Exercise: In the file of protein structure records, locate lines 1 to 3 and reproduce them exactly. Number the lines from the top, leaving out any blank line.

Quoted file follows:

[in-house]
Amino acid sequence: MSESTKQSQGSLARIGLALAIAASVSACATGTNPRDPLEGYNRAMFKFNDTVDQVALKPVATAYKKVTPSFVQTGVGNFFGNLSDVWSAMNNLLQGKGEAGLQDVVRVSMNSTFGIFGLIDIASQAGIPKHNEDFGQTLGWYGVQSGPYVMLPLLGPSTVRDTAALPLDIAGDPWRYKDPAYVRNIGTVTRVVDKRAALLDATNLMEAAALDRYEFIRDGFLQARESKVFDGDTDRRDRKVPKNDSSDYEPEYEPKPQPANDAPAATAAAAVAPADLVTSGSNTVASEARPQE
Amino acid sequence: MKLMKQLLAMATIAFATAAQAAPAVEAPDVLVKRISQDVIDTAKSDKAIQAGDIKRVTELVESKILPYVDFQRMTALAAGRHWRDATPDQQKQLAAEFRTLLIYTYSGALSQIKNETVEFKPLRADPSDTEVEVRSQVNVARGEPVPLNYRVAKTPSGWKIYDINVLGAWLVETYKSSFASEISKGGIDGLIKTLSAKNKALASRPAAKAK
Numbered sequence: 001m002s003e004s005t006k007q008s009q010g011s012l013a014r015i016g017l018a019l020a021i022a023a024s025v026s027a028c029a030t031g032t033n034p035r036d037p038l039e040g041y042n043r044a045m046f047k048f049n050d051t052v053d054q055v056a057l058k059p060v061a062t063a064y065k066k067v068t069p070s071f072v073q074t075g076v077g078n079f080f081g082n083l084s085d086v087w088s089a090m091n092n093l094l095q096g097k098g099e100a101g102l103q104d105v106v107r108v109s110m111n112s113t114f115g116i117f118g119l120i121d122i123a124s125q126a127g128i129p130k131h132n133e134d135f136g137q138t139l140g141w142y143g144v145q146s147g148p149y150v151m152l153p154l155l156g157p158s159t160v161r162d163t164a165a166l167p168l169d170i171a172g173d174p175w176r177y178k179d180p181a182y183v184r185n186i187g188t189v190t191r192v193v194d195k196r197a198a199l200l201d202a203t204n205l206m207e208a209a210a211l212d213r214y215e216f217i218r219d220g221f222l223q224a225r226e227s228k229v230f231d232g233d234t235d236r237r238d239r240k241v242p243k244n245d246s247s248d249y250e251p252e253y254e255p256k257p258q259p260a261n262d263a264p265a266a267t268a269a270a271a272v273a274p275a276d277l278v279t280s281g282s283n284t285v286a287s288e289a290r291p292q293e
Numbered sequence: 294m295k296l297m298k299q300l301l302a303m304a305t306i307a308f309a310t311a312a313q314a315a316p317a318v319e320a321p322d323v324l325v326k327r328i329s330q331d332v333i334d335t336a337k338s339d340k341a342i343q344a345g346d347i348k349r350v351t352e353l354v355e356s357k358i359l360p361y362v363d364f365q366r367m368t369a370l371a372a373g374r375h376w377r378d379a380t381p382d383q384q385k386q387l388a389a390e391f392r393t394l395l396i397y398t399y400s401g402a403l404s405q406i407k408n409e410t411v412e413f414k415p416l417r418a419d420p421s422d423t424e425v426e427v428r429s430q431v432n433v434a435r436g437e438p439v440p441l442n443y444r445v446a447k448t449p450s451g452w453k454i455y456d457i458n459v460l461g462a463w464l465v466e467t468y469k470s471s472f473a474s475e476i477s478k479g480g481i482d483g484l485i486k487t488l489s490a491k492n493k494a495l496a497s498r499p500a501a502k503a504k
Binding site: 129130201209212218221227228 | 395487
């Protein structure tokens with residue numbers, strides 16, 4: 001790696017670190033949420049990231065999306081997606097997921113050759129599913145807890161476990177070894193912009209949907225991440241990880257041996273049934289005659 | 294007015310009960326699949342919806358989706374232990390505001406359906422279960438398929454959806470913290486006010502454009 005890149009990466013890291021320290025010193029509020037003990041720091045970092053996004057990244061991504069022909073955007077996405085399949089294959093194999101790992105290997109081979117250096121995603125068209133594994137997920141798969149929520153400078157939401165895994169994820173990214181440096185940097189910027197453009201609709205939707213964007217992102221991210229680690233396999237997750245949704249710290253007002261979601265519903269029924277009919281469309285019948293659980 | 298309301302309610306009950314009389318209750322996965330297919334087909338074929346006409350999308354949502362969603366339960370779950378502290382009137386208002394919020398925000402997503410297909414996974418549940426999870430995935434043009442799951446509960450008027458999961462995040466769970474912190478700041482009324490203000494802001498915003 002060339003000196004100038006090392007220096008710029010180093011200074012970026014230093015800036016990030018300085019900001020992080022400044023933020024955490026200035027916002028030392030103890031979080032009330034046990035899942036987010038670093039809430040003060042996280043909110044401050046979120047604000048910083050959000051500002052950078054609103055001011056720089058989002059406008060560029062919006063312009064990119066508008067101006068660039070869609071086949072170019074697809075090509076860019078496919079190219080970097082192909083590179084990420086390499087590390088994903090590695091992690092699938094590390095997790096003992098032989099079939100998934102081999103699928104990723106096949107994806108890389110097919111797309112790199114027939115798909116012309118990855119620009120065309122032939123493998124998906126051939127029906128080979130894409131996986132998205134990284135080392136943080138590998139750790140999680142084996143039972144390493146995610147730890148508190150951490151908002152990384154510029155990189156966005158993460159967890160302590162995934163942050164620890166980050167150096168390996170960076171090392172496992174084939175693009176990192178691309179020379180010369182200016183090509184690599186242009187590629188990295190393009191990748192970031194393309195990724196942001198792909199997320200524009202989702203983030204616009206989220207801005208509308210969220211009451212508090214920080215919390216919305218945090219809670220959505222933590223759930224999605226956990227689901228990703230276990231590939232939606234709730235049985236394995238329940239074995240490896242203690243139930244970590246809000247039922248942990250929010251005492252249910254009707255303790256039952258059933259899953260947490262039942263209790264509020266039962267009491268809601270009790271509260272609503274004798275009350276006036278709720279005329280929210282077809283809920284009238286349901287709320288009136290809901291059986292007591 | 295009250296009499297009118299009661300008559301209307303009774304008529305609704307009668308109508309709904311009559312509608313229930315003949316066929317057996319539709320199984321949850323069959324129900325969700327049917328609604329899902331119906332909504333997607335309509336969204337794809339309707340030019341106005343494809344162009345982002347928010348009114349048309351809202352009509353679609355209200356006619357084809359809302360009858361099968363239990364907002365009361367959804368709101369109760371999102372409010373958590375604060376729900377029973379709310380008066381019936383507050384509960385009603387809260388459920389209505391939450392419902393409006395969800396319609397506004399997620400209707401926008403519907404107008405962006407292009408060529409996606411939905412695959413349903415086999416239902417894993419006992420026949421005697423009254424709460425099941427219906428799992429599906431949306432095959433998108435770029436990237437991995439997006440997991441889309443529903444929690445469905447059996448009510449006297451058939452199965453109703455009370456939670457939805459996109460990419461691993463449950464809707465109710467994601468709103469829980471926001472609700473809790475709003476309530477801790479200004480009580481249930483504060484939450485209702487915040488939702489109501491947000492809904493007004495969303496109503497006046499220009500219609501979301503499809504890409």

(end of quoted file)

[in-house]
Amino acid sequence: MSESTKQSQGSLARIGLALAIAASVSACATGTNPRDPLEGYNRAMFKFNDTVDQVALKPVATAYKKVTPSFVQTGVGNFFGNLSDVWSAMNNLLQGKGEAGLQDVVRVSMNSTFGIFGLIDIASQAGIPKHNEDFGQTLGWYGVQSGPYVMLPLLGPSTVRDTAALPLDIAGDPWRYKDPAYVRNIGTVTRVVDKRAALLDATNLMEAAALDRYEFIRDGFLQARESKVFDGDTDRRDRKVPKNDSSDYEPEYEPKPQPANDAPAATAAAAVAPADLVTSGSNTVASEARPQE
Amino acid sequence: MKLMKQLLAMATIAFATAAQAAPAVEAPDVLVKRISQDVIDTAKSDKAIQAGDIKRVTELVESKILPYVDFQRMTALAAGRHWRDATPDQQKQLAAEFRTLLIYTYSGALSQIKNETVEFKPLRADPSDTEVEVRSQVNVARGEPVPLNYRVAKTPSGWKIYDINVLGAWLVETYKSSFASEISKGGIDGLIKTLSAKNKALASRPAAKAK